TV

Conan O’Brien does Cuba

In this image released by Team Coco, late night talk show host Conan O'Brien appears in Havana during a taping of a special "Conan in Cuba" episode of his talk show "Conan," airing Wednesday, March 4, 2015, at 11 p.m. EST on TBS.
In this image released by Team Coco, late night talk show host Conan O'Brien appears in Havana during a taping of a special "Conan in Cuba" episode of his talk show "Conan," airing Wednesday, March 4, 2015, at 11 p.m. EST on TBS. AP

Dressed in a white linen suit and fedora, Conan O’Brien bounced on to his set — a cobbled street in Havana — for a one-hour special on Cuba Wednesday night.

“Conan in Cuba,” which aired on TBS, was filmed during four days in Havana in mid-February and came on the heels of the rapprochement announced in December by President Barack Obama and Cuban leader Raúl Castro.

It was the first foray to Cuba by an American late-night host since Jack Paar interviewed Fidel Castro in 1959.

For the most part, the joke was on Conan as he tried to match the swiveling hips of Cuban dancers, hand roll a cigar with unfortunate results, jam with Cuban musicians, sample too much rum too early in the day, convince kids along the Malecón that he was really a big star and to speak Spanish.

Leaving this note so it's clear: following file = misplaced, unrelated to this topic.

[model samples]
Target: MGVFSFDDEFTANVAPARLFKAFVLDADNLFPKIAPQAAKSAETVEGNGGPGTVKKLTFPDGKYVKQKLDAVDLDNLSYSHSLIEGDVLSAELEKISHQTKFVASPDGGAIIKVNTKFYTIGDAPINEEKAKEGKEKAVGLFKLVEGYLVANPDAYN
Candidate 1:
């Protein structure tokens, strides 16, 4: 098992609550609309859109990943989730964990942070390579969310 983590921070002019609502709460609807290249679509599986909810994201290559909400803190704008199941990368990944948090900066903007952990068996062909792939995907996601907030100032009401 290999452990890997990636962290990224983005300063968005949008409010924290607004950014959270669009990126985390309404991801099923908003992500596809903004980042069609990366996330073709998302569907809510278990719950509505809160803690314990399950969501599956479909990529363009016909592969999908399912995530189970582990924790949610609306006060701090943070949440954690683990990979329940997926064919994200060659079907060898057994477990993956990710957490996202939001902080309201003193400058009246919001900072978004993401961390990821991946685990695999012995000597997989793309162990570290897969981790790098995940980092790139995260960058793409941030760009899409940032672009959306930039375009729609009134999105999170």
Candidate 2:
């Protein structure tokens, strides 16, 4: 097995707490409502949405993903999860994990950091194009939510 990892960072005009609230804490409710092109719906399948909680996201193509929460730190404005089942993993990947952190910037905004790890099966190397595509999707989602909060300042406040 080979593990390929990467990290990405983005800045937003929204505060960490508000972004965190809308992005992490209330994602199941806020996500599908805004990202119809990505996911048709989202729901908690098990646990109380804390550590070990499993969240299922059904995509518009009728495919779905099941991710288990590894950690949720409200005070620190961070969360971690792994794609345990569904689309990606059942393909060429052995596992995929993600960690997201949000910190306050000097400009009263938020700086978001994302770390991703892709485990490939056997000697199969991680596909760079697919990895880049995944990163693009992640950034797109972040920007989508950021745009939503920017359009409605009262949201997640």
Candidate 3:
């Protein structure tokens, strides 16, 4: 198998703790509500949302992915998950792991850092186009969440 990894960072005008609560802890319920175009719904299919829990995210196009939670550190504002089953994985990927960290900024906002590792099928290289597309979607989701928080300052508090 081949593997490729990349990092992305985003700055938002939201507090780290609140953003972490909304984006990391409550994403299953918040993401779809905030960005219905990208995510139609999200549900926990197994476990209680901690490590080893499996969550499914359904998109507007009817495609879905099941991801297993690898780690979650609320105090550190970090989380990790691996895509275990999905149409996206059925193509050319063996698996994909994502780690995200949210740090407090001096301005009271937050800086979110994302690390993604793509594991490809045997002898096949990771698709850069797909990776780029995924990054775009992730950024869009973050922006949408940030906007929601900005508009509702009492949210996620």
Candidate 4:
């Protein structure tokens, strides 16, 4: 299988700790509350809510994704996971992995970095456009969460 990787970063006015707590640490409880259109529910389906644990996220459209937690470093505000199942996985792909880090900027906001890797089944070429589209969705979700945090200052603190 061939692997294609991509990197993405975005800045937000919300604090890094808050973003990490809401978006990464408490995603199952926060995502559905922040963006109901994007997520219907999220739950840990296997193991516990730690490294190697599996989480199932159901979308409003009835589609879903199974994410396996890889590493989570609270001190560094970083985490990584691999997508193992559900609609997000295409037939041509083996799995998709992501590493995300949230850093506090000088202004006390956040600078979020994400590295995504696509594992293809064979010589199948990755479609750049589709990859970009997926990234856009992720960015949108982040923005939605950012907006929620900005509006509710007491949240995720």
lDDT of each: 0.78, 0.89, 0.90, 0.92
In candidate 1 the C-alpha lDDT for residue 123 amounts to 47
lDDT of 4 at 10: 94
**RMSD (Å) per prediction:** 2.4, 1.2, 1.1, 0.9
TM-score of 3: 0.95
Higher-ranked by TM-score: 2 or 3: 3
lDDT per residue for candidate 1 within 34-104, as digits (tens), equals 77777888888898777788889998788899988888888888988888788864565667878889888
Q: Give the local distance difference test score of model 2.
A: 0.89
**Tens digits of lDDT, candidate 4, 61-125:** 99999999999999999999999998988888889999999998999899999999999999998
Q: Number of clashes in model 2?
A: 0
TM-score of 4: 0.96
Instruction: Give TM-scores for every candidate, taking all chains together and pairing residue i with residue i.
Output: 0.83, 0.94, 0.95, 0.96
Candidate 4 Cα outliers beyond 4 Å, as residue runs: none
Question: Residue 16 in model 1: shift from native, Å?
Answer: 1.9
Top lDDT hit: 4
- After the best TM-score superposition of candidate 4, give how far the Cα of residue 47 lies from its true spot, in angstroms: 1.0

His humor was of the fish-out-of-water variety — in his case, a tall red-haired fish out of water.

“Hola. Bienvenidos a Cuba. Yo soy Conan O’Brien y lo siento pero that’s all the Spanish I can really memorize” is the way he began his show from a cafe table fitted out with a vintage microphone, two cigars and a mojito.

“As many of you know, this is a very historic time. Relations between Cuba and the United States are finally starting to thaw,” said O’Brien before launching into a brief history of Cuba and noting that in the 1940s and 1950s it was “the Las Vegas of the Caribbean.”

He asked a man sitting at a nearby storefront, “Can I call you Cuban Andy?” and joked he got on better with him than his real late-night sidekick Andy Richter.

O’Brien said his reason for going to Cuba was simple: “to meet the people and try to make friends.” After inciting a cacophony of barking dogs as he walked down a street, he remarked, “Old women love me; dogs hate me.”

He poked fun at a Cuban market where he noted that entire rows were filled with the same product, the same brand, and said the cocoon-like Cuban pay phones “enable you to make a call and get your hair permed at the same time.”

“It was important to me that there be no snarkiness,” he told The Frame radio show. “I wanted to go as a good ambassador but also to see if I could get them to laugh at my idiocy.”

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